29. St. Agnellus (circa 556‑570) is the last bishop whom I propose to mention here, as the ecclesiastical history of his successors connects itself intimately with the civil history of the Exarchs of Ravenna. This bishop, according to the description of his much later namesake, 'had a ruddy face, a full figure, thin eyebrows, pink scalp, piercing eyes and a double chin under his beard. He was of middle height, comely in person, perfect in work, but after the loss of his wife, laying aside the belt of military service he gave himself up entirely to God. He was of noble descent, rich in possessions, abounding in flocks and herds and all kinds of wealth. Among the rest of his property he left five silver vessels, ornaments for the table, to his grand-daughter, his daughter's daughter.'17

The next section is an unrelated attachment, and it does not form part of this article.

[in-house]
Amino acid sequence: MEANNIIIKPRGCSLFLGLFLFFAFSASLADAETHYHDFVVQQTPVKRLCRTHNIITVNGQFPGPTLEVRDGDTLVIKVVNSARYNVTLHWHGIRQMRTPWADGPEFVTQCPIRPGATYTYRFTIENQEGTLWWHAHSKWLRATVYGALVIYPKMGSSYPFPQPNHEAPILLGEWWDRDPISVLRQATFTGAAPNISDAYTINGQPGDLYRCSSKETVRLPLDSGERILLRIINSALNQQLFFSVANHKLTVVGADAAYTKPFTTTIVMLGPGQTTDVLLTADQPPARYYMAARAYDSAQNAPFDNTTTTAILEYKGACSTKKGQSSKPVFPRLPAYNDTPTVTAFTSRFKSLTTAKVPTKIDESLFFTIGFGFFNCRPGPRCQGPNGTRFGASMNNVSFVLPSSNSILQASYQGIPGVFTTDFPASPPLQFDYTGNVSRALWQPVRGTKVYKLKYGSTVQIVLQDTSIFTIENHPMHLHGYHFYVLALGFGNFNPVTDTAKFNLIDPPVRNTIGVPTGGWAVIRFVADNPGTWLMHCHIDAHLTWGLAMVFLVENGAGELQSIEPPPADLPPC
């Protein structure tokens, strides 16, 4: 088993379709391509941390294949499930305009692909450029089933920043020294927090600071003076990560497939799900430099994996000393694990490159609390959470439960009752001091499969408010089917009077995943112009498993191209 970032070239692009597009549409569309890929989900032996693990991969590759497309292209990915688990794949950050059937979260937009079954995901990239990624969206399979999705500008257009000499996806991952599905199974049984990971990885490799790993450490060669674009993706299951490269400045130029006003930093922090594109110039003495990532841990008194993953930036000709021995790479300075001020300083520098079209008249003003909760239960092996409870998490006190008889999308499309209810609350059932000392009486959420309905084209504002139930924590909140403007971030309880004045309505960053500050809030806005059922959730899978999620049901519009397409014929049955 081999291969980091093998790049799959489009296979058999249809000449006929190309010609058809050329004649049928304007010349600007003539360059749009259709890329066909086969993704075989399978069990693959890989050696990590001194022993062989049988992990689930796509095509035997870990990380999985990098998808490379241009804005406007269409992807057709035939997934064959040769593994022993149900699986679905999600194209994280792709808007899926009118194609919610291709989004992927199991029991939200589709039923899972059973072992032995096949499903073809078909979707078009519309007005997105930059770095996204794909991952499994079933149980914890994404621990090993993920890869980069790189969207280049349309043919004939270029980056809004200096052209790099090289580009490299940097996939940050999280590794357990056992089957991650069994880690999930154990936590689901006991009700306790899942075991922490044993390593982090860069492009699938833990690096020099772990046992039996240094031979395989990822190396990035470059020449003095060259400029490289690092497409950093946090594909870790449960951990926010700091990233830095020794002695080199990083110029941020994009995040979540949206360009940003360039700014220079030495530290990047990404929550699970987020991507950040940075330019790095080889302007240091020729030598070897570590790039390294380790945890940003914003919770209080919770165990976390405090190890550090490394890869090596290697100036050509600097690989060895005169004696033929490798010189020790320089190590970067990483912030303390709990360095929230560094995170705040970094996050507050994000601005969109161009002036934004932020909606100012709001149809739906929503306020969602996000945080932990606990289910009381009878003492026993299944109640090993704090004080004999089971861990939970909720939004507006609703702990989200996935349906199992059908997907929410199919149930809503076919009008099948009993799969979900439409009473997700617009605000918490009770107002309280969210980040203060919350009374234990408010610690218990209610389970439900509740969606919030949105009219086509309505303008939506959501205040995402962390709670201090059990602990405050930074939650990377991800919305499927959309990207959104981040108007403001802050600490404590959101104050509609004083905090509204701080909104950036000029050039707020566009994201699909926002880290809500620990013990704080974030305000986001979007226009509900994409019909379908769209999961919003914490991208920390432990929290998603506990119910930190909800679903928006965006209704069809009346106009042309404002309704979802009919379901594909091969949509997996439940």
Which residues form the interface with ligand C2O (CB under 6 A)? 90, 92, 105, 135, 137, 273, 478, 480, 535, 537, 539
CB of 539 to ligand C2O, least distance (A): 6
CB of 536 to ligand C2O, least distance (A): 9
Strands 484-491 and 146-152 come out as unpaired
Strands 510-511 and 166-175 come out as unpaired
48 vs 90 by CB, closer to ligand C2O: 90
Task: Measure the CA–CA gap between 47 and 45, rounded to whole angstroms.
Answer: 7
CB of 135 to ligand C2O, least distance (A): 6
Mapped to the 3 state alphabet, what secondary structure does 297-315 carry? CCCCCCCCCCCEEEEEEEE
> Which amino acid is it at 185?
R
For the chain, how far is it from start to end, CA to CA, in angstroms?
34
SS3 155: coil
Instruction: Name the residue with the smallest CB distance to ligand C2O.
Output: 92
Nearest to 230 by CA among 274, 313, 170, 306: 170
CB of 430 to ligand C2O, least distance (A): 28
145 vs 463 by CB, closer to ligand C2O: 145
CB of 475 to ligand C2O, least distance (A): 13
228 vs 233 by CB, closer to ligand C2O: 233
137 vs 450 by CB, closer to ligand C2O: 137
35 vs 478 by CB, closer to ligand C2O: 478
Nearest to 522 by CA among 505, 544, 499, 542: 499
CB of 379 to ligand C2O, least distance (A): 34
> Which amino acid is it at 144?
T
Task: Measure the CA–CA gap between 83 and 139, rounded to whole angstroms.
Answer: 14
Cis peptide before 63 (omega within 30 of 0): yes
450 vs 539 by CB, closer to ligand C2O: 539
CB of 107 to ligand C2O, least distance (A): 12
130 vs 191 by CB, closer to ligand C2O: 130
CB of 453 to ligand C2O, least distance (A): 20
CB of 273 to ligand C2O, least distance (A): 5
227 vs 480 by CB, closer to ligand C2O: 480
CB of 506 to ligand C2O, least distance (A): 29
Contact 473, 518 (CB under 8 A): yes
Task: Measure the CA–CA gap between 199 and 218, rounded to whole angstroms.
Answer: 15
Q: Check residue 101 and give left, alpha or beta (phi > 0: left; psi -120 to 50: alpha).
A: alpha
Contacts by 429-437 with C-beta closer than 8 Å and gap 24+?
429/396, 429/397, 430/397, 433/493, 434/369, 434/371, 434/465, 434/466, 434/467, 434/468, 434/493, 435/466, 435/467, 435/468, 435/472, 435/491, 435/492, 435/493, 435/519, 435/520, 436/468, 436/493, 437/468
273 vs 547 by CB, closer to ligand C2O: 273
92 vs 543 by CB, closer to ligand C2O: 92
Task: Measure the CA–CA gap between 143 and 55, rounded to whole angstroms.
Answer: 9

Justinian is said to have handed over to Agnellus and the Church of Ravenna all the possessions of the Goths in the city and suburbs, but probably by this we are to understand only the ecclesiastical possessions of the Arian Gothic community. The episcopate of Agnellus was made chiefly memorable by his 'reconciliation,' that is reconsecration for Catholic worship, of six great Arian churches which had been built in Ravenna and its neighbourhood under the princes of the house of Theodoric. Among these were the Church of St. Maria in Cosmedin, otherwise called the Arian Baptistery, the Church of St. Theodore, and the Church of St. Martin 'in Coelo Aureo,' afterwards known as 'S. Apollinare Dentro.' It was Agnellus who gave to the last named church those two superb mosaics representing the procession of the Martyrs and the Virgins which are now the crowning glory of marvellous Ravenna.